Media news and perspective, from Steve Krakauer.
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July 9, 2020

Dateline: The day the Supreme Court said we might see Trump's taxes
Watching tonight...
  • NBC said their contributor had COVID-19, but he didn't 
  • Everyone in the media bubble is talking about "The Letter"
  • Don Lemon's divisiveness is damaging to CNN
  • Two new 7pm hosts at NBC's cable channels
  • Rob Lowe launches new podcast
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NBC tracked their medical expert's "coronavirus battle" - but he never had it

"Joining me now [is] virologist Joseph Fair, who recently recovered from COVID-19 himself," said Chuck Todd on Meet The Press on June 14. "Dr. Fair, let me start with you because I would like you to share a little bit about your recovery from COVID-19. What should Americans take away from your experience?"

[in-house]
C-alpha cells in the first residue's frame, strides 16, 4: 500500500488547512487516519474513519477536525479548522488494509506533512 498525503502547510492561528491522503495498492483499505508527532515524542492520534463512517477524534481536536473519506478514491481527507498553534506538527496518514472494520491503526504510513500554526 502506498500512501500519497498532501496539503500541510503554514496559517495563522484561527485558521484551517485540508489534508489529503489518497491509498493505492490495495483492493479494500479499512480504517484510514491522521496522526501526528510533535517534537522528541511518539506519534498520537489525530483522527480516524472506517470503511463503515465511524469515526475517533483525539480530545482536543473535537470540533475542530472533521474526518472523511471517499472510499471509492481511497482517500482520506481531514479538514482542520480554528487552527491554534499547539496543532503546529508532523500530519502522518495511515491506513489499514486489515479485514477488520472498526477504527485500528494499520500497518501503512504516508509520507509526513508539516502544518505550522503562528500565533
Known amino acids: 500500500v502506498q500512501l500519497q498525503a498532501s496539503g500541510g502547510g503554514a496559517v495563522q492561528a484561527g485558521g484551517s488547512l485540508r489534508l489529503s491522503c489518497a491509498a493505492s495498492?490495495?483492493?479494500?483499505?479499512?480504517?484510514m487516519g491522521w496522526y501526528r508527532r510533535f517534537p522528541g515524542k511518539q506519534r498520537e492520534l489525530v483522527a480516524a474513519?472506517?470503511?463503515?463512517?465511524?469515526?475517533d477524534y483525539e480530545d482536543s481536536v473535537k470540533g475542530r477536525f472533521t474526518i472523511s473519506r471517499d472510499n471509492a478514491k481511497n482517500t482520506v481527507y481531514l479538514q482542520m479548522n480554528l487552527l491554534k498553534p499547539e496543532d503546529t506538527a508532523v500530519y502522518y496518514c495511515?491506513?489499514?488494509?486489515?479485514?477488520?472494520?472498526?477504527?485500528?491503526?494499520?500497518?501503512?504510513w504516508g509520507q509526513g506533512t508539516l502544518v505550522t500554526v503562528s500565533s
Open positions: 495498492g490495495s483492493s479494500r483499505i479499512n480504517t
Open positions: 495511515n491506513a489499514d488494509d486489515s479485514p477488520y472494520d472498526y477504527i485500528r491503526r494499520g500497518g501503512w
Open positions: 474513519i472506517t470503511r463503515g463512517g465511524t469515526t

"I don't have any of those underlying conditions, I'm 42 years old. So you wouldn't think, clinically, that I would be one of those people that would get so very ill. I can say that that seven to eight days prior to me hospitalizing myself when I was doing the self-treatment, that was the worst I've ever felt. I probably spent 23 out of 24 hours in bed," said Dr. Fair, who joined NBC as a science contributor in March as the coronavirus pandemic hit. "Those people that are young and think they're invincible or people that just don't think it's going to affect them that greatly even if they do get it, I can say that my own experience was the complete opposite."

What Todd didn't tell the audience that day, and Dr. Joseph Fair didn't offer up either, was that Fair had already had at least five negative coronavirus tests. Two days ago on Twitter, Dr. Fair revealed the results of his antibody test - negative again. He never had COVID-19. And that's just the beginning of the troubling story.
In this newsletter on June 17, I detailed the full backstory of this strange media situation - from the changing symptoms as his TV appearances went on, to NBC and MSNBC initially telling viewers the caveat about the negative tests, to ultimately abandoning that key part of the story.